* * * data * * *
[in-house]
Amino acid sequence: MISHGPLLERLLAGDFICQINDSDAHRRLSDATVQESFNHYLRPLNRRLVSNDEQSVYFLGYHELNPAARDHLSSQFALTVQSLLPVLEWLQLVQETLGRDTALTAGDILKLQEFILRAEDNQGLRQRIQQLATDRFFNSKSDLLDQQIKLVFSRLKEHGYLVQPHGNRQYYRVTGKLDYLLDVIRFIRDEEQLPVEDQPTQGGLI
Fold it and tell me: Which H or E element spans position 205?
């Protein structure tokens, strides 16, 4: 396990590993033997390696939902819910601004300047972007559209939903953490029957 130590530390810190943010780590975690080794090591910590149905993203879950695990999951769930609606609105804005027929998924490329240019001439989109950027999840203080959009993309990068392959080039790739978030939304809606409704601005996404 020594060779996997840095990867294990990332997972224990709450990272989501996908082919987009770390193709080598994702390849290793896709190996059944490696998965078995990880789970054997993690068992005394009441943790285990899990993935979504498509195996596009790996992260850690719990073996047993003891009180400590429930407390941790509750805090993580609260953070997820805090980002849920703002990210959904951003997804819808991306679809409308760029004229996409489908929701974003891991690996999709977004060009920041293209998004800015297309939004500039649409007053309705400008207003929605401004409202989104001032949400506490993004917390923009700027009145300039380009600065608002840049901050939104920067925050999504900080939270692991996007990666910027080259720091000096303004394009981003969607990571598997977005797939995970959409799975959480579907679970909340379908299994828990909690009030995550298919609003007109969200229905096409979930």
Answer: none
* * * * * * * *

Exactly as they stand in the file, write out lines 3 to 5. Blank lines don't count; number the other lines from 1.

Fold it and tell me: Which H or E element spans position 205?
């Protein structure tokens, strides 16, 4: 396990590993033997390696939902819910601004300047972007559209939903953490029957 130590530390810190943010780590975690080794090591910590149905993203879950695990999951769930609606609105804005027929998924490329240019001439989109950027999840203080959009993309990068392959080039790739978030939304809606409704601005996404 020594060779996997840095990867294990990332997972224990709450990272989501996908082919987009770390193709080598994702390849290793896709190996059944490696998965078995990880789970054997993690068992005394009441943790285990899990993935979504498509195996596009790996992260850690719990073996047993003891009180400590429930407390941790509750805090993580609260953070997820805090980002849920703002990210959904951003997804819808991306679809409308760029004229996409489908929701974003891991690996999709977004060009920041293209998004800015297309939004500039649409007053309705400008207003929605401004409202989104001032949400506490993004917390923009700027009145300039380009600065608002840049901050939104920067925050999504900080939270692991996007990666910027080259720091000096303004394009981003969607990571598997977005797939995970959409799975959480579907679970909340379908299994828990909690009030995550298919609003007109969200229905096409979930």
Answer: none